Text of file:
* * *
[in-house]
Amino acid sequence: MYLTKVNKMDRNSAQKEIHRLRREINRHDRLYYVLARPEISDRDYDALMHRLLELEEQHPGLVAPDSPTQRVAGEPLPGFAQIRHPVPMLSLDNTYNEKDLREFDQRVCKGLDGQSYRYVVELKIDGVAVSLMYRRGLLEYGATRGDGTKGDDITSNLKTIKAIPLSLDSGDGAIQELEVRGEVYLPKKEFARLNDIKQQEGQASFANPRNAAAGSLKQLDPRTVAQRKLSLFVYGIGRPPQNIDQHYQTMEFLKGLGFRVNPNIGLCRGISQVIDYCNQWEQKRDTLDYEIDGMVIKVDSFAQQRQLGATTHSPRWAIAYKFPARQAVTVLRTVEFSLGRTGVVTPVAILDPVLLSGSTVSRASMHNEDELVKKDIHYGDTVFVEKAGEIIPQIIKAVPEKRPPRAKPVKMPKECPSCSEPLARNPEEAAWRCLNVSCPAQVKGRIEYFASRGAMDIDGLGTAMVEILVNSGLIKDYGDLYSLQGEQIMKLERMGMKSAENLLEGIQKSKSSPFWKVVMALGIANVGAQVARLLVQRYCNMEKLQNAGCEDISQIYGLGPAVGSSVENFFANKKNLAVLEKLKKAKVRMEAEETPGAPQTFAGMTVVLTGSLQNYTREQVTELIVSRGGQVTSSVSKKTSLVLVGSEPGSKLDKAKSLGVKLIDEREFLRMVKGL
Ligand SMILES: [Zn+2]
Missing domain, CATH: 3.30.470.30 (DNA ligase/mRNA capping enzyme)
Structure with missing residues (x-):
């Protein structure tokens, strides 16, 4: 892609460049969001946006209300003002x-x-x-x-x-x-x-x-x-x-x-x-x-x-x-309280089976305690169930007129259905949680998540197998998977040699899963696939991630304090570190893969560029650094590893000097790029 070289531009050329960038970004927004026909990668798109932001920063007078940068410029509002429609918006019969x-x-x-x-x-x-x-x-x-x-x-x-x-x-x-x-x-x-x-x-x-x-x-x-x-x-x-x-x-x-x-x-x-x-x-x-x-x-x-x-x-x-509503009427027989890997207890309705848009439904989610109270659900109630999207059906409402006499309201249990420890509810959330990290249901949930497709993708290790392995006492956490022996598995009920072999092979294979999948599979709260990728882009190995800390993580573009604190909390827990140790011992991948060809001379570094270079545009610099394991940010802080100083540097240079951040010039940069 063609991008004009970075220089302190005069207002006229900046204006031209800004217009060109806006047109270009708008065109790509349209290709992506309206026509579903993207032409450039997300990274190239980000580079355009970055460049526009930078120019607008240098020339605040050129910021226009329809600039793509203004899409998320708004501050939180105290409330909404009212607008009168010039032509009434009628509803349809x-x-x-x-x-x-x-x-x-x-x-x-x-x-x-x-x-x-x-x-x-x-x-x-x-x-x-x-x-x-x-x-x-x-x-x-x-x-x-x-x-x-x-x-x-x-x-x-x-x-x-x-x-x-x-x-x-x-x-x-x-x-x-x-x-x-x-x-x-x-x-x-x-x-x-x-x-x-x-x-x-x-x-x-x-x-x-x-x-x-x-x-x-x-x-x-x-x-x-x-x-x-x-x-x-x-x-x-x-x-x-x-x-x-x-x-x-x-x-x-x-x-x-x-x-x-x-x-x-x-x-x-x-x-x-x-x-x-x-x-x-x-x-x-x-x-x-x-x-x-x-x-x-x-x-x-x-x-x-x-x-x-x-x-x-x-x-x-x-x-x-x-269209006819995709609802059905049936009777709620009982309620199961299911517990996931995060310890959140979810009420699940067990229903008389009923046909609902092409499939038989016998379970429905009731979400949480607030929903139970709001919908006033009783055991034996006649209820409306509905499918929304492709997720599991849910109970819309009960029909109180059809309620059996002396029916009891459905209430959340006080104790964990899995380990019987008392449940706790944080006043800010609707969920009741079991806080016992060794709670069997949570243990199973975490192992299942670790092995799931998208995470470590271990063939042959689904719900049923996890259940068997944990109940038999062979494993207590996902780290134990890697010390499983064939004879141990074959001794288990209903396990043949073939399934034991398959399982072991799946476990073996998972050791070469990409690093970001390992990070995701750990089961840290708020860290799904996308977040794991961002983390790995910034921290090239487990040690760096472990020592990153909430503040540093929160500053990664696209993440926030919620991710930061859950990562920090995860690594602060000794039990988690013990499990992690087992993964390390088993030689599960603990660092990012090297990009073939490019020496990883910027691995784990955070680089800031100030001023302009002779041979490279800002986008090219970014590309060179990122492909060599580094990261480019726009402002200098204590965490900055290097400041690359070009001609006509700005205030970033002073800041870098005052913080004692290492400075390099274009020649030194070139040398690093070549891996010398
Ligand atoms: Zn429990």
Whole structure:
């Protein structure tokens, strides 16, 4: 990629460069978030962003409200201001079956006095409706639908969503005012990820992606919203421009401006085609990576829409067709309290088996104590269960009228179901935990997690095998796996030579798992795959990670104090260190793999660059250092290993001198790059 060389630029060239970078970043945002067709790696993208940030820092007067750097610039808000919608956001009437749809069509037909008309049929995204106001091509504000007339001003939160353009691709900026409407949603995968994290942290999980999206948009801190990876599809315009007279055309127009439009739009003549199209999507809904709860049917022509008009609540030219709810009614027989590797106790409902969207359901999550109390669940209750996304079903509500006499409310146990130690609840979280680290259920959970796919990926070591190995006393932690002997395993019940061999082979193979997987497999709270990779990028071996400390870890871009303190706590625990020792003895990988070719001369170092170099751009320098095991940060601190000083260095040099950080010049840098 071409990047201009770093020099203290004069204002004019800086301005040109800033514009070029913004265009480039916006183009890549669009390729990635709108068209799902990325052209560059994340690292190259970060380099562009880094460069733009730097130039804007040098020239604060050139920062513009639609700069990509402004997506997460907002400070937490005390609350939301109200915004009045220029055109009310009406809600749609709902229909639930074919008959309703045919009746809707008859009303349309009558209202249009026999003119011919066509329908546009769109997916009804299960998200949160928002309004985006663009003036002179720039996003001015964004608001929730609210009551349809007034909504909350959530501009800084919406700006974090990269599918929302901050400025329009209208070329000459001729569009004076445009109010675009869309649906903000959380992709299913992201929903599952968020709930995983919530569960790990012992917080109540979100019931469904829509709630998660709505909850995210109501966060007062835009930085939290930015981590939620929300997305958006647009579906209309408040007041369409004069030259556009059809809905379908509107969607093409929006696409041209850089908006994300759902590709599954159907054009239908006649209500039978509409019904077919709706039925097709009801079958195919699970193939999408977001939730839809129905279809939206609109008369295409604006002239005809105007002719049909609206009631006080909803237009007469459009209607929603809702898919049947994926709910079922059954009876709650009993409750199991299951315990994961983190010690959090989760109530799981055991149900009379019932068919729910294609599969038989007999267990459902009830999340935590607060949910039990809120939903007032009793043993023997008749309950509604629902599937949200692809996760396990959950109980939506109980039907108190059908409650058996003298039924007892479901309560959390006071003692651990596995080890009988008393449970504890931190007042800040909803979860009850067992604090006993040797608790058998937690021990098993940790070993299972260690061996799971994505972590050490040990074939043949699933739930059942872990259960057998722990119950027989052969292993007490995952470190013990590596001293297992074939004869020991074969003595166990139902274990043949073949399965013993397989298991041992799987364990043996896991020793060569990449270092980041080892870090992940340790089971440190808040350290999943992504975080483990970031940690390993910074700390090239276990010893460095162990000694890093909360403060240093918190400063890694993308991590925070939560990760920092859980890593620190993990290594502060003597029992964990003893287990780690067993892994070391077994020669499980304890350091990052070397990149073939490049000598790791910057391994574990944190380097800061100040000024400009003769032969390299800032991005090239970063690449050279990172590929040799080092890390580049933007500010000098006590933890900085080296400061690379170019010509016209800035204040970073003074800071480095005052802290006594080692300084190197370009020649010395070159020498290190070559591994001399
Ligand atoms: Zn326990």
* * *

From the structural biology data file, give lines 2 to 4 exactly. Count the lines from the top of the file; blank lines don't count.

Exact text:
Amino acid sequence: MYLTKVNKMDRNSAQKEIHRLRREINRHDRLYYVLARPEISDRDYDALMHRLLELEEQHPGLVAPDSPTQRVAGEPLPGFAQIRHPVPMLSLDNTYNEKDLREFDQRVCKGLDGQSYRYVVELKIDGVAVSLMYRRGLLEYGATRGDGTKGDDITSNLKTIKAIPLSLDSGDGAIQELEVRGEVYLPKKEFARLNDIKQQEGQASFANPRNAAAGSLKQLDPRTVAQRKLSLFVYGIGRPPQNIDQHYQTMEFLKGLGFRVNPNIGLCRGISQVIDYCNQWEQKRDTLDYEIDGMVIKVDSFAQQRQLGATTHSPRWAIAYKFPARQAVTVLRTVEFSLGRTGVVTPVAILDPVLLSGSTVSRASMHNEDELVKKDIHYGDTVFVEKAGEIIPQIIKAVPEKRPPRAKPVKMPKECPSCSEPLARNPEEAAWRCLNVSCPAQVKGRIEYFASRGAMDIDGLGTAMVEILVNSGLIKDYGDLYSLQGEQIMKLERMGMKSAENLLEGIQKSKSSPFWKVVMALGIANVGAQVARLLVQRYCNMEKLQNAGCEDISQIYGLGPAVGSSVENFFANKKNLAVLEKLKKAKVRMEAEETPGAPQTFAGMTVVLTGSLQNYTREQVTELIVSRGGQVTSSVSKKTSLVLVGSEPGSKLDKAKSLGVKLIDEREFLRMVKGL
Ligand SMILES: [Zn+2]
Missing domain, CATH: 3.30.470.30 (DNA ligase/mRNA capping enzyme)